“Police Use of Deadly Force: Legal, Moral and Minority Perspectives” Rev. Everett Mitchell: Graduate of Morehouse College with multiple academic awards in mathematics and religion; Masters of Divinity from Princeton Seminary. Graduated from UW-Madison Law School with Juris Doctorate. Former assistant district Attorney, Dane County. Co-editor of Breaking Silence: Pastoral Approaches to Creating an Ethos of Peace. Currently director of the Office of Community Relations, UW-Madison, and is pastor of Christ the Solid Rock Baptist Church.
“All you see is bad stuff all the time as a prosecutor; had to stop being a prosecutor because lost that larger image that included black people. Vision of policing has changed in Madison; most dangerous philosophy; does damage to all of us trying to create community; destroying ability to build good trust.
“DEADLY FORCE. In 2015: 886 people killed by police in U.S. to date; It’s better that they’re counting; armed/unarmed encounters. 1999-2014…who knows how many? Weren’t counting them on a national basis.
“Even when on tape, Video cameras on police is not going to be the end-all; in spite of videos produced/captured still an engagement in deadly force; e.g. Cincinnati; camera on; cop even starts narrative.
“What’s going on? Shootings in Dane County. Since 2000, at least 15 fatal shootings where officer involved; at least 5 included unarmed and mentally ill individuals; creates sense of a broken system, confusing for young people; they don’t really understand; trying to tell young men to trust the process; they just get more broken and confused. Others say, ‘Let’s talk about black on black crime;’ difference when Janahl kills Rakaim. Pedagogy of the Oppressed talks about how being oppressed leads to oppressed targeting another oppressed, playing out oppressor mentality]
“After District Attorney Ozanne’s decision in Madison, not to charge the police officer with Tony Robinson’s killing, I wanted the community members to be able to grieve, but wanted them also to be safe.
“There are 27 different police departments in Dane County; 27 different philosophies; one police unit doesn’t do same thing as another; can be extremely confusing for the public; in Dane County you can drive through 5 different jurisdictions within 5 miles. Why isn’t there common standard?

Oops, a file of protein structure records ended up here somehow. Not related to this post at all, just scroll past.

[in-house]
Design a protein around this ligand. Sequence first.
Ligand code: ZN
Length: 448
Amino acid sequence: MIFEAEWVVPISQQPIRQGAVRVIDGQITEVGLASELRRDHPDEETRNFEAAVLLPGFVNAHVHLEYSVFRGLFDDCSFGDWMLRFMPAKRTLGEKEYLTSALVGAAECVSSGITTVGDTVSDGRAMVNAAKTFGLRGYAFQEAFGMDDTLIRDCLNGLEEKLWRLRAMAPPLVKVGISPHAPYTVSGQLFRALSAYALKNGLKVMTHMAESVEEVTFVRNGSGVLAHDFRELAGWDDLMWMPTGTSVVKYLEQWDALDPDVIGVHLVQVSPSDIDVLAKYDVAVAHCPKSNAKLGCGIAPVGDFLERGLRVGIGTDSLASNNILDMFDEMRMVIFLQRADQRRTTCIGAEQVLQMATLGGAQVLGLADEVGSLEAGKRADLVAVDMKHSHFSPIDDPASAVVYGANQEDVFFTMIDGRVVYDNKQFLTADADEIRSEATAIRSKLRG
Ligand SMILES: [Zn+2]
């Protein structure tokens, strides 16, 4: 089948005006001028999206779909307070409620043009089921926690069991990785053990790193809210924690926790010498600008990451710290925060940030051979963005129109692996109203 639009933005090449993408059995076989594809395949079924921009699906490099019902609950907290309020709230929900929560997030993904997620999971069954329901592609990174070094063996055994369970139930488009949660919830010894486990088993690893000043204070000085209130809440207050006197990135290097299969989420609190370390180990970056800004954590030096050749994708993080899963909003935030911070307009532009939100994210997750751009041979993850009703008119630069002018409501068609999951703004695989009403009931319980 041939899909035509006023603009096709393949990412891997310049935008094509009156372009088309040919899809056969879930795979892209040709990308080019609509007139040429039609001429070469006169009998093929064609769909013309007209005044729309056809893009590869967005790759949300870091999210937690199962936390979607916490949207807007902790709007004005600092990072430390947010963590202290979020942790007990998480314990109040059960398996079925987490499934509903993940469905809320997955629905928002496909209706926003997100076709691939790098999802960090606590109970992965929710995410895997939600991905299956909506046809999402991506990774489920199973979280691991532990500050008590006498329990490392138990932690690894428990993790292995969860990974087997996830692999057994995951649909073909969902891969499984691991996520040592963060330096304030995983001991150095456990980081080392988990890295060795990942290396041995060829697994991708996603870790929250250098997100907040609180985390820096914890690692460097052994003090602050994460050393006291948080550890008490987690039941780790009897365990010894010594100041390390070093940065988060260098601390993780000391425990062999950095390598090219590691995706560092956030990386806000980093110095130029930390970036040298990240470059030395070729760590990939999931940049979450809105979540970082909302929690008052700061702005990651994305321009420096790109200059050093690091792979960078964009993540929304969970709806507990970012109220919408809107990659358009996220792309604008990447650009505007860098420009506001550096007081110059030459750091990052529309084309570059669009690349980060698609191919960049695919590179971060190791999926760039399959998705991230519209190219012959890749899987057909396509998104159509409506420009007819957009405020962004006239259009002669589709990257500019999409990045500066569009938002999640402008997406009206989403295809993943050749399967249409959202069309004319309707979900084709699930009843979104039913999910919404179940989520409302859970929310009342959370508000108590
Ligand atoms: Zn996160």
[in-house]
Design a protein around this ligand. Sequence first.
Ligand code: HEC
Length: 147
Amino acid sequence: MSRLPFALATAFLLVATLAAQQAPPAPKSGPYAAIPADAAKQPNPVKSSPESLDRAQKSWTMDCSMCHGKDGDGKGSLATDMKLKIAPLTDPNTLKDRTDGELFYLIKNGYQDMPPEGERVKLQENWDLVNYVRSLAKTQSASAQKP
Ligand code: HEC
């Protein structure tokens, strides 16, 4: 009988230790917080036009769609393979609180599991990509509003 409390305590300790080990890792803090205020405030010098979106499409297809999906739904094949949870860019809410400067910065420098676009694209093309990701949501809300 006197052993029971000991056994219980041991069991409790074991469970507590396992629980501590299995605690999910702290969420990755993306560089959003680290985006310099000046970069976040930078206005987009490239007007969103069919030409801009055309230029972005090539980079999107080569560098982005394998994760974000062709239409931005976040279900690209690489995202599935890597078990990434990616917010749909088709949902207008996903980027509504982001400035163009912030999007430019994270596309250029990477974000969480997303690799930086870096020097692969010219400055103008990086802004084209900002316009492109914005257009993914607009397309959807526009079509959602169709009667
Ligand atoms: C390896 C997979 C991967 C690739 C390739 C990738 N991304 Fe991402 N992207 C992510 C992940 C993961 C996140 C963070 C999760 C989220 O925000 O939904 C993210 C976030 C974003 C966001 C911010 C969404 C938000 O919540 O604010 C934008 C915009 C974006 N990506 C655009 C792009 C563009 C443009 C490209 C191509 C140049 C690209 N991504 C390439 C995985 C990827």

“Sad when you have to talk officers down while they try to escalate the situation; ‘Why are you raising your voice to me; you don’t have to dehumanize me next to my child.’ This is a first person example here:
“‘Calm the fuck down; I’m a former prosecutor!’
“Fallen officers in Dane County: 7 officers killed since 1918 and yet used as major defense for the behavior of police officers. Last one in Madison was in 1932. Last officer killed in Dane County was in 1979.
Tennessee v. Garner (1985)
“Facts: Justice Rehnquist waited four years to render this decision which prohibited police from using deadly force against fleeing, non-dangerous persons. (See: https://en.wikipedia.org/wiki/Tennessee_v._Garner
Graham v Connor (1989)
“Excessive Force: pay attention to the language: Rehnquist rewrote it. “Objective reasonableness” (See https://en.wikipedia.org/wiki/Graham_v._Connor. Does this give us and should we use this as a model? It only sets down a standard of review in the use of force – not a directive that police can use force whenever they experience fear.
“Google Graham v. Connor; messed up; much direction here in teaching cops what to say to avolid being criminally charged; cited statements that cops are taught to say in defense of their actions of deadly force/bad behavior – ‘I thought he was going to take my gun away and shoot me,’ ‘I thought he was reaching for a gun,’ and so forth. We keep hearing the same phrases over and over again used by cops engaging in bad behavior/deadly force. This creates a standard – police learn how to protect themselves and not protect the community.
“Chief Koval of Madison defends how cops spoken to by those who are upset. ‘Tell your officers to stop being so sensitive; you have the guns; and don’t take it so personal.’